Sunday, September 29, 2019

Frankenstein – how would a modern reader react to Frankenstein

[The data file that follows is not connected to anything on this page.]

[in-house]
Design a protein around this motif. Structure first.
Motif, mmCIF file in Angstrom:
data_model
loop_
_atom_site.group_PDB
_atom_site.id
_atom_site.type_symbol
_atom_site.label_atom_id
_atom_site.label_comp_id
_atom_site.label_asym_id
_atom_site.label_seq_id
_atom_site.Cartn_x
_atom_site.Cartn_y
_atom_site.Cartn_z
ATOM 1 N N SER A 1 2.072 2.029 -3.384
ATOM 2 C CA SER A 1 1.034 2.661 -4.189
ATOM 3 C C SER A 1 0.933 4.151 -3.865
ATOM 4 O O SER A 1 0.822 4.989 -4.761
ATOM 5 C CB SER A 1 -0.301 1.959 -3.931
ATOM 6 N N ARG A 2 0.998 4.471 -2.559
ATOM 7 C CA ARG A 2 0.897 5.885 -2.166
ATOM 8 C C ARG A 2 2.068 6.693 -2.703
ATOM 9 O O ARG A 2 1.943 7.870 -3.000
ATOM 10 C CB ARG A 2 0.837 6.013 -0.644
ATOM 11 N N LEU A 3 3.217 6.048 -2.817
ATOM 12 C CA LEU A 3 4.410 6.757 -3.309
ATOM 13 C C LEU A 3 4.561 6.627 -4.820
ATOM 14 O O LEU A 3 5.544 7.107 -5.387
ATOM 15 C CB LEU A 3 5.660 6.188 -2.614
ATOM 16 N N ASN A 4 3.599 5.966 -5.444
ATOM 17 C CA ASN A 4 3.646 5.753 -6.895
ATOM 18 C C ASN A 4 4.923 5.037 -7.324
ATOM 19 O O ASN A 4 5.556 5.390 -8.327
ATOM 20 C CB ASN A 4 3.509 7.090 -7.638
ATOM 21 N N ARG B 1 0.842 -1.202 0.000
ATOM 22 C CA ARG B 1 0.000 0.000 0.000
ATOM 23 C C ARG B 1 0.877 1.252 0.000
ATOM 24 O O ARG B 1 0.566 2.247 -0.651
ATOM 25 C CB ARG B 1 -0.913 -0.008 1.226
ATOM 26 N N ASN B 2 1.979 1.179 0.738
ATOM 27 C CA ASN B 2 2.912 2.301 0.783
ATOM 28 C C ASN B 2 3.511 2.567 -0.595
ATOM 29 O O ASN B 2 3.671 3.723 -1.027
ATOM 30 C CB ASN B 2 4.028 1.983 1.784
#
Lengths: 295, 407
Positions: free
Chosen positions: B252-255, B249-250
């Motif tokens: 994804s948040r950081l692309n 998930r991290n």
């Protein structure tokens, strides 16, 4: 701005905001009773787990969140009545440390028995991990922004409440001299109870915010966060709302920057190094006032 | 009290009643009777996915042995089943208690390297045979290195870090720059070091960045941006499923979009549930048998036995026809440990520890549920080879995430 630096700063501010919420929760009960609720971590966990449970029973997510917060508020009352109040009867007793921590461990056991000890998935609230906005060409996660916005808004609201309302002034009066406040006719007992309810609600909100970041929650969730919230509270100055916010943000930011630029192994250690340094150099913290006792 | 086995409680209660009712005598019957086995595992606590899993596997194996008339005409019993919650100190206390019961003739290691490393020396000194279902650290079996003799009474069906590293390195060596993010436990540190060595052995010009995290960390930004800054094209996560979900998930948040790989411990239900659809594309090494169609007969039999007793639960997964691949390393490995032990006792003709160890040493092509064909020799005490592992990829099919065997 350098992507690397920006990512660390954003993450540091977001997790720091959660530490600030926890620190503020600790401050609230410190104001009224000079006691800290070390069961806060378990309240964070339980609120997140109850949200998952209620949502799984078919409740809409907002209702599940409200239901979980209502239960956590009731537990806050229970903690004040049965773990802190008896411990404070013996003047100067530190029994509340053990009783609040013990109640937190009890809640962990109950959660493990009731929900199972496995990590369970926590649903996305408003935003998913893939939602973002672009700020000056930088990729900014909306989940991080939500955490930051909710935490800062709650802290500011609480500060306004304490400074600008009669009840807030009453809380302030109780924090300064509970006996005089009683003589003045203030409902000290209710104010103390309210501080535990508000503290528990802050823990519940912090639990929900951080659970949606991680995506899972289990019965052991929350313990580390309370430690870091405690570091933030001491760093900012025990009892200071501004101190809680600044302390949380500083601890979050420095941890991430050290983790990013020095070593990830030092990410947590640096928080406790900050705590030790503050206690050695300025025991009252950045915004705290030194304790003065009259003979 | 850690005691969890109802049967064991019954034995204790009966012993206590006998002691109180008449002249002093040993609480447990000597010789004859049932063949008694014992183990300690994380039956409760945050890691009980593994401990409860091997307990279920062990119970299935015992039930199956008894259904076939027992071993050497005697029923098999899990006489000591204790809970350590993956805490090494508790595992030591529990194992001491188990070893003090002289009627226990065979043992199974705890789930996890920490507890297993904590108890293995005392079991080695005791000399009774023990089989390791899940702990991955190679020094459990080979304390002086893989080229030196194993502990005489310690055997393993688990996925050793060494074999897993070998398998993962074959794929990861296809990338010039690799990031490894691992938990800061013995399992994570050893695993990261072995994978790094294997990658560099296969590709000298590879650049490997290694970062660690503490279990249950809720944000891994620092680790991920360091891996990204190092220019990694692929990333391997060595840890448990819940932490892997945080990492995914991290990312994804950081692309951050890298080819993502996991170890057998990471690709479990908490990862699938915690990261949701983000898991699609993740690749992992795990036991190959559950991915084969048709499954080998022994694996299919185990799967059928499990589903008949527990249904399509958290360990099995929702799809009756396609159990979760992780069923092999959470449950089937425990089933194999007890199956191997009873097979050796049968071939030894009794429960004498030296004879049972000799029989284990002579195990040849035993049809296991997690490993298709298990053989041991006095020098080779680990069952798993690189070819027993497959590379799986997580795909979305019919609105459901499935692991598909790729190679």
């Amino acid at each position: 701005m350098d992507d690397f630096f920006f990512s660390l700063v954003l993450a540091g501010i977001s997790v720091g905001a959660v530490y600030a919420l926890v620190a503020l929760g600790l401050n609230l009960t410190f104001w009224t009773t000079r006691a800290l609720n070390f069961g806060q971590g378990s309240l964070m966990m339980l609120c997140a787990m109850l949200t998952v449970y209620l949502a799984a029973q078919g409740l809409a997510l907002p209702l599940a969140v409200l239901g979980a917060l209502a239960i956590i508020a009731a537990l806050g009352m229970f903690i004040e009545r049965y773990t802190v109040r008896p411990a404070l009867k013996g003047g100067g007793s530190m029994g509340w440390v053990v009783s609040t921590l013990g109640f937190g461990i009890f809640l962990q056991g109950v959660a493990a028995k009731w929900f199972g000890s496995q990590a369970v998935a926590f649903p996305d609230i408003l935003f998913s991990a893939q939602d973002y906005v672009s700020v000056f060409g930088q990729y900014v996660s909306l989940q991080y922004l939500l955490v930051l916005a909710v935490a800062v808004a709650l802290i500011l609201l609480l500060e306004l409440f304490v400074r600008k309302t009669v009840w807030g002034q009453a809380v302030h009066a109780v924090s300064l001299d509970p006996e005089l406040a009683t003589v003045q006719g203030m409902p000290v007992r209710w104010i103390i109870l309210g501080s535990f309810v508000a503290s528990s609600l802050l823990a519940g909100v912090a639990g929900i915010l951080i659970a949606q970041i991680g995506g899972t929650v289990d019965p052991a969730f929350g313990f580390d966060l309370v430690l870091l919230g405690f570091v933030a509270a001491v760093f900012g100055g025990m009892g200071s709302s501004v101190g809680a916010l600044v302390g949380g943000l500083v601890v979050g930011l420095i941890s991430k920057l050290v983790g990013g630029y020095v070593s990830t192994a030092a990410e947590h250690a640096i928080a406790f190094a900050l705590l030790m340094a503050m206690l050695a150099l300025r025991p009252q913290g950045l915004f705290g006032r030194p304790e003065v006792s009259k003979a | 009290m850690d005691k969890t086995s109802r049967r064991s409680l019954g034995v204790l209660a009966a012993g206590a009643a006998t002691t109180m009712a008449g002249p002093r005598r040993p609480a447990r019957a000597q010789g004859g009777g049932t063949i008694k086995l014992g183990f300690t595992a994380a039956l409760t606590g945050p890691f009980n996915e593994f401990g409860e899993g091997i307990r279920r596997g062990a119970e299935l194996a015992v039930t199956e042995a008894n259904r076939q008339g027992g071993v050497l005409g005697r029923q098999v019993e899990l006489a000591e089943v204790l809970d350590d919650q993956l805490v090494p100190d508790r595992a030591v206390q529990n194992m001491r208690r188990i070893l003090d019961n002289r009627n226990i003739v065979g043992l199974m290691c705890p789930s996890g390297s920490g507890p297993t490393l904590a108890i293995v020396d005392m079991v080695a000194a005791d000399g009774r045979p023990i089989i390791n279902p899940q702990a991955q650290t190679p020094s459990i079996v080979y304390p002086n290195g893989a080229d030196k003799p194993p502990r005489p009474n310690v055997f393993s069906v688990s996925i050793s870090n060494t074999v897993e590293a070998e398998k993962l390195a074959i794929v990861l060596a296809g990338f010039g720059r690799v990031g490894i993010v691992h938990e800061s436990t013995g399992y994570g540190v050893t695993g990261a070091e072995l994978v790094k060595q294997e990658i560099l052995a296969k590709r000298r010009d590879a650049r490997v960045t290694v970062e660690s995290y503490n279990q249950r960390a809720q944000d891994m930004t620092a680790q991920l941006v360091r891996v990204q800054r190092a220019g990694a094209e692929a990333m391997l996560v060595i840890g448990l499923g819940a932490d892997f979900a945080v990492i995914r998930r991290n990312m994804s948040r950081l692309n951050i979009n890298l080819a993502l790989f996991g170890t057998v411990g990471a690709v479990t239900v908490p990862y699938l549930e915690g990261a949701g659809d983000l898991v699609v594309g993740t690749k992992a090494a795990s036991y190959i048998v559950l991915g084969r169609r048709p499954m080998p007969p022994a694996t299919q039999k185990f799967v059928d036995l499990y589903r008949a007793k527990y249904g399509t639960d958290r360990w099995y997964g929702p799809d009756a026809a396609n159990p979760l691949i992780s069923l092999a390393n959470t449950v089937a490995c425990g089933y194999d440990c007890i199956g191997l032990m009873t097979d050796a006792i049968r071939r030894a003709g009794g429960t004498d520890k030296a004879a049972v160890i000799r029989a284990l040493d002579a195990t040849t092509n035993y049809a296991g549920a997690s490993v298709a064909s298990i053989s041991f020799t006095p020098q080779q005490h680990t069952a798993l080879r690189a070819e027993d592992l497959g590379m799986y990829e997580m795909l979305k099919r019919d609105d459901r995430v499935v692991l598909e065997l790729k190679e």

Mary Shelley wrote Frankenstein in the year 1818. Mary Shelley's writing was actually very relevant to the gothic literature written in those times. People back then had very strong religious beliefs and despised the idea of â€Å"playing God†. The new scary gothic-genre was exciting as well as inspiring for people. Mary Shelley uses negative adjectives and melancholy to create a gloomy and dark atmosphere. The first sentence is an example of this technique: â€Å"It was on a dreary night of November†¦Ã¢â‚¬  This sets the scene for the birth of the monster – the sinister mood already suggests that something bad will happen. In addition, â€Å"rain pattered dismally against the panes† and the candle â€Å"was nearly burnt out† with a â€Å"half extinguished light†. This is slowly building tension and the audience is on edge. The creature is always described in such a negative tone that the audience can share Frankenstein's distaste for the creature. There is a whole paragraph on just the ugly appearance, for example: The creatures eyes are described as â€Å"dull yellow† and â€Å"His yellow skin scarcely covered the work of muscles and arteries beneath†. The creature is also called a â€Å"wretch† and a â€Å"demoniacal corpse†. The audience first presumes the creature is evil as well as hideous. At the moment of his birth, however, the creature is in fact entirely benevolent: he affectionately reaches out to Frankenstein – who the creature calls â€Å"father† later – but is dejectedly abandoned by Frankenstein. The evil one is now seen as Frankenstein, besides he has given life to, what is really the equivalent of a newly-born child, and has now left it behind. This exposes the immoral side of his character – he takes place of God (which anyone would know is not going to be good) and then he just leaves it behind like a sort of experiment he has just finished with. This shows the moral issues about the story – mainly Frankenstein's approach of taking God's place, but also his inability to care (for creature and family), and this supports the saying â€Å"never judge a book by its cover† meaning outer appearance never exposes the true inside. For people in the 19th century, this broadened their views on religion as a whole and the story shows that no one should ever take God's place and if this is possible, there are grave consequences. However, for a modern audience to be reading this story, they will not receive half as much effect as people from the 19th Century. Mary Shelley wanted to intimidate the audience with frightening language, but for a modern reader this almost seems boring. You could say that her story set a platform for gothic writers to follow, however this language has been over-used and now seems very out-dated. Modern readers are not just less gullible than the 19th Century readers, but we're also much more educated and have a greater knowledge of science. We modern readers know that making life is scientifically impossible, even if a whole body is used (and definitely not with electric eels and whatever else Frankenstein did. And anyway what's wrong with natural reproduction? But obviously the 19th Century readers always open to new science and are excited by anything new really. But back then people were very unsure of how far man could play God. No person felt that there is no God, and everyone lived in fear for all misfortune was caused by God. On the other hand, many people from the 21st century are in fact atheist (meaning non-believer). We don't fear God as much as people from 19th Century, but we are still wise enough to understand that there are limits. If what Frankenstein did could be accomplished, should and would we do it? This is a very controversial issue that people back then would have a straight answer to. Scientists have only recently made bacteria just by DNA. This could have benefits of helping health care but could there be a danger of creating humans out of DNA? Also could cloning animals, ultimately end up in humans getting cloned and creating genetically superior humans and a genetic underclass? There is no doubt this story has sparked people's imaginations for generations but one question that still hasn't been answered is – Could man create new life?

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